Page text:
Saturday, July 28, 2012

ramadan

Hello, my favorite folks!

I have been missing in action, more than I had anticipated (I hope you don't all think I'm an enormous flake!). Summer in Tunisia means I am with my family, all day every day, and it also means occasionally difficult internet and long stretches of beach time. This summer has an added layer of get-in-the-way-of-blogging, and that is Ramadan.


(Curious as to what it is? Read on for a brief explanation if you'd like!)

What is Ramadan? It is a holiday in Islam⎯or, more accurately, a holimonth. The Islamic calendar is a lunar one, which means our holidays shift over time. This is my first summer celebrating Ramadan in Tunisia, but it is certainly not my first Ramadan. During this month, Muslims fast⎯that is, refrain from eating, drinking, and sex⎯from dawn until sunset. It is a month of reflection and piousness. We avoid arguing and cursing, and try to do good things (like read the Qur'an or spend time with our family).

I have been fasting since I was about 7 or 8 years old. While many of my non-Muslim friends are shocked at my ability to keep away from grub for so long (and wonder, fairly, how I don't shrivel up without water), I enjoy fasting. Sure, it is not always the most fun to sit by with a grumbly tummy while your buddies are chowing on pizza⎯and I swear to you, there is a huge rise in free-food-availability during Ramadan, as in all of your colleagues decide Ramadan's the best time to bake brownies every single day when they never did before or your stingy friend finally offers to pay for lunch, like it's some horrible conspiracy or something (I ought to run a study)⎯but all the momentary agony aside, it's a fulfilling experience. I attribute my extraordinary self-restraint in other aspects of my life to years of controlling myself during Ramadan. I have a great amount of will-power. I also have a real appreciation for what I have been given in this life. Ramadan forces me to really acknowledge my privilege. The exhaustion I get after a day of not eating is the daily reality for many people all over the world. Not drinking water for a day makes me realize how lucky I am to be able to get clean water any time I'd like by just walking to the kitchen faucet. I promise you, you will never appreciate food as much as you do after a day of not eating. Everything tastes amazing. Fasting makes you appreciate the blessings you so often overlook.

Ramadan during the summer is an interesting experience. Because Ramadan moves, due to the lunar calendar, I have spent most of my Ramadans in the winter and fall. Fasting is much easier when sunset is at, like, 5. But Ramadan here is something special, even if the days are both longer and dryer. In the United States, Ramadan is a rather isolating time; it is difficult to be the only child not eating, when much of our American culture and daily life involves food (an example: I've had to fast on Thanksgiving). Ramadan in a Muslim country, however, is quite the opposite. When Henrik and I were teaching in Mali in the summer of 2010 (fun fact, that is where we met and started dating!), I was fasting for Ramadan. The tables were turned⎯my American colleagues and friends were the ones on the outside as the Malians and I bonded over our fasts. I enjoyed getting up early with the Peace Corps volunteer to eat breakfast in the dark. I enjoyed, too, the unity I felt as we all hungrily dug into our long-awaited dinners as the sun began its red descent into the horizon. This is how it is in Tunisia. While the majority of my family does not fast, some do, and the entire country is in "Ramadan-mode." You should see how empty the streets are once the Adhan rings out as the sun sets in the distance. Restaurants are closed. People understand why you are passed out in exhaustion at 3 o'clock in the afternoon. When you finally break your fast, there are congratulations and toasts and recognition for this beautiful, wonderful thing you have done. My fasts are not lonely here.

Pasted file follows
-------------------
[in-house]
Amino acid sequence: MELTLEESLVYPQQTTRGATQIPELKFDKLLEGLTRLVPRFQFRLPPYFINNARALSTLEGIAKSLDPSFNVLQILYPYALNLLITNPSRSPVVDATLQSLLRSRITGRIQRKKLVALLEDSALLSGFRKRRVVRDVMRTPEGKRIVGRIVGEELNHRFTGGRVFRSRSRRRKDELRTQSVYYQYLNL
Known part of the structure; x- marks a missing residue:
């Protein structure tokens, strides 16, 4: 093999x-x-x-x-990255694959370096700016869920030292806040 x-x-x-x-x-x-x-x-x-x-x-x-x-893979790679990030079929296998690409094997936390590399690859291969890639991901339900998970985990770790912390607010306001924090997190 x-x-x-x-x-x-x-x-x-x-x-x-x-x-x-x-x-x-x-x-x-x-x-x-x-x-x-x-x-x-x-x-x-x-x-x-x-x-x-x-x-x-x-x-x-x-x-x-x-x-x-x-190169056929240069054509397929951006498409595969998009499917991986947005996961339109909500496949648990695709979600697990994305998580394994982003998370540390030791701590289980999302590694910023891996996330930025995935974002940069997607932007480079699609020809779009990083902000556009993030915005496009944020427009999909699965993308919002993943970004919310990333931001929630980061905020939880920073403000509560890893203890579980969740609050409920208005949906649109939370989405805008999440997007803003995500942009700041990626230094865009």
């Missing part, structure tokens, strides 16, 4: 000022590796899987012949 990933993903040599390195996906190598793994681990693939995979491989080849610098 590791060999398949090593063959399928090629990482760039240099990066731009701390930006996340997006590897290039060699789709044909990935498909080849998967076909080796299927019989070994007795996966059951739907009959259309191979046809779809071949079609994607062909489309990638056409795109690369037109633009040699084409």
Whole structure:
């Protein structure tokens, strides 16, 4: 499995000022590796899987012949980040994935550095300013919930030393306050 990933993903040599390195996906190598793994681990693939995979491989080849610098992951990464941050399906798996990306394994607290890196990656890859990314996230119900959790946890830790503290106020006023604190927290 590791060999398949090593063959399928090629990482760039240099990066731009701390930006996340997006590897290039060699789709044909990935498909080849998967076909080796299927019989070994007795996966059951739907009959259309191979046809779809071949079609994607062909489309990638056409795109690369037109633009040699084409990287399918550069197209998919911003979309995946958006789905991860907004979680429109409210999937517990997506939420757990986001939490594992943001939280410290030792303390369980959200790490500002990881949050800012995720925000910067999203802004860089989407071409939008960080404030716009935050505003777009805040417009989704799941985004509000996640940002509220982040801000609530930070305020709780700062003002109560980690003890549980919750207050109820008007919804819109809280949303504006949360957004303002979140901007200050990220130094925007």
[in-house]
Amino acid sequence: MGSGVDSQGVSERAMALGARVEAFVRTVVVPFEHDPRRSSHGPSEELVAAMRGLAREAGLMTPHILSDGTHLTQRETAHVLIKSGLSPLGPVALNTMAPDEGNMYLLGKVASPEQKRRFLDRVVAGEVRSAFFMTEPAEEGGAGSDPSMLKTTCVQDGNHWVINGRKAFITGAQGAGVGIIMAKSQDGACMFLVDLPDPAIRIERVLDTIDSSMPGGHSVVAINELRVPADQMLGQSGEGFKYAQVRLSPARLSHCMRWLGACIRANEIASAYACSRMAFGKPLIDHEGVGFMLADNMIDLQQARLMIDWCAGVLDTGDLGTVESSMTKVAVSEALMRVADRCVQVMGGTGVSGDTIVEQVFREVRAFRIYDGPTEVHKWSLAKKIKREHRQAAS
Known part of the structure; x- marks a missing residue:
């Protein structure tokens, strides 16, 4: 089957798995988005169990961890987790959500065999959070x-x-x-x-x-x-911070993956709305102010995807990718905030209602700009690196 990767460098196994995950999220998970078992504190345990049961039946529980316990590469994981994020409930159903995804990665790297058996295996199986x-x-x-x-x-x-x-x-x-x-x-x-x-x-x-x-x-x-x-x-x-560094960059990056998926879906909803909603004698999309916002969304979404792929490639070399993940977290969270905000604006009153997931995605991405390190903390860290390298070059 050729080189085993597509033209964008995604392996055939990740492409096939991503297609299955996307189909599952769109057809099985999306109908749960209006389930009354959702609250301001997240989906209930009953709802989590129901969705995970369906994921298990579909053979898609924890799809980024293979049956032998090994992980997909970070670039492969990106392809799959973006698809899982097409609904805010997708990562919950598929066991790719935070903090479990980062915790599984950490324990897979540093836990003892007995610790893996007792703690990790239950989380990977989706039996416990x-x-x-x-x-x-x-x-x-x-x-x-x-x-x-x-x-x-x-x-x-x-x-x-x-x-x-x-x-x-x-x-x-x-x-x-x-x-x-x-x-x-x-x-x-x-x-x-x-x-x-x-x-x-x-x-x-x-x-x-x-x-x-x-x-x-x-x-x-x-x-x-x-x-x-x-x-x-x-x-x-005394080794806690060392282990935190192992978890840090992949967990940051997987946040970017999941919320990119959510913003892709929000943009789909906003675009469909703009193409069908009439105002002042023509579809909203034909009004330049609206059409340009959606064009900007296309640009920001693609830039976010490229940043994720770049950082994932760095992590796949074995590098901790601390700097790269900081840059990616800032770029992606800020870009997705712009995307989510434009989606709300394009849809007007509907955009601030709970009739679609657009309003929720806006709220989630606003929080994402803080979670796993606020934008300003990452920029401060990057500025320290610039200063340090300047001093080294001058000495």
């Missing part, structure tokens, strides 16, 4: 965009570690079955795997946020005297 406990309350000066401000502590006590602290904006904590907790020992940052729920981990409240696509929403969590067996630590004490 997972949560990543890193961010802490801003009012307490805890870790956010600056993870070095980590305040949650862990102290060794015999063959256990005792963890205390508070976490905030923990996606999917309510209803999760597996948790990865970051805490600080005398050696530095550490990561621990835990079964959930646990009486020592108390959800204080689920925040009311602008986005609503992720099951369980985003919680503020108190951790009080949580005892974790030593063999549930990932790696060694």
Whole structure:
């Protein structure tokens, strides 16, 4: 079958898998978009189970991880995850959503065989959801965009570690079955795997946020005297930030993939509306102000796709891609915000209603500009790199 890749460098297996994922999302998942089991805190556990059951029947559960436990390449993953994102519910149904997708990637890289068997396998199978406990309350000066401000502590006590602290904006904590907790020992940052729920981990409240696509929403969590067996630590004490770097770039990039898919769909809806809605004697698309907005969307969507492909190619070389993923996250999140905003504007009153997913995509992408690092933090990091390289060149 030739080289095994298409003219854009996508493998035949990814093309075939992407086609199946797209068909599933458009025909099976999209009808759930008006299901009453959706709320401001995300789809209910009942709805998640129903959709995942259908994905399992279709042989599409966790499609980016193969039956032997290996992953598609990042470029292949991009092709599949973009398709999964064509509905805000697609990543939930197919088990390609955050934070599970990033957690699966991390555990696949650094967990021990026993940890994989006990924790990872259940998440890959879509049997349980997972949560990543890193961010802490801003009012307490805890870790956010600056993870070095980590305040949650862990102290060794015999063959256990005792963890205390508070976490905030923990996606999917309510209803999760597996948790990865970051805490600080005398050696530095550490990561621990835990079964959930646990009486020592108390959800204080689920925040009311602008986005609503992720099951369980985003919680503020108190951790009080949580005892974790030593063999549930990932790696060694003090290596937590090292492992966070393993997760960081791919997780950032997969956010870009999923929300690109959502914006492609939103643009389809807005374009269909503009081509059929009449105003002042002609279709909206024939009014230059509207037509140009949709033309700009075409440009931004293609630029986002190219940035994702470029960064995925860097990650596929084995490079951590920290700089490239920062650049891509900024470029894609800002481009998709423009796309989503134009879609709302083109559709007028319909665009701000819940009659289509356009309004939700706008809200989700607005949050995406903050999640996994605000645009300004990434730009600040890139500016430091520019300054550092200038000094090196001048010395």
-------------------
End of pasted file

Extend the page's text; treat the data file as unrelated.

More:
So, I apologize for my infrequent posts on my journey (which is in fact soon coming to an end). I have been fasting and it has completely wiped me out; I have been sleeping most of my afternoons away in an effort to ignore my headaches and thirst. When I finally am replenished, I am spending that time with my family.

Henrik and I leave here on Monday, when we will begin a 2-day journey back to Oakland. I have so many pictures to post, not counting the numerous rolls of film at the bottom of my backpack. On the way home, we'll stop in Nice and New York, and I'm not allowed to fast while traveling (I make it up after the end of Ramadan), so the way back should be enjoyable! Thank you all for your patience with me while I've been flitting around the globe. :)

Now⎯Instagram shots of my Tunisian Ramadan! :)



my favorite!


brikas! the best Tunisian Ramadan treat :)

tajjine

mloukhiya, food for the best of occasions!

watching Tunisian Ramadan television (a soap opera type show called Maktoub)


Okay, now sleeping until dinner because I am totally wiped out. :P Hope you all are doing well!

2 comments :

  1. I'm glad you're having a good time and that ramadan is going well for you. It's fascinating to hear all about it from a Muslim perspective.

    Becky
    xx

    http://www.beckybedbug.com

    ReplyDelete
  2. I love Ramadhan- my Non-Muslim friends seem to think it's torture, but it's such a good (& much-needed) spiritual cleanse (not to mention the family time involved, too)! =D

    ReplyDelete

Comments make my day⎯really! I love reading what you have to say. Hope to hear from you. :)

Best,
Leila

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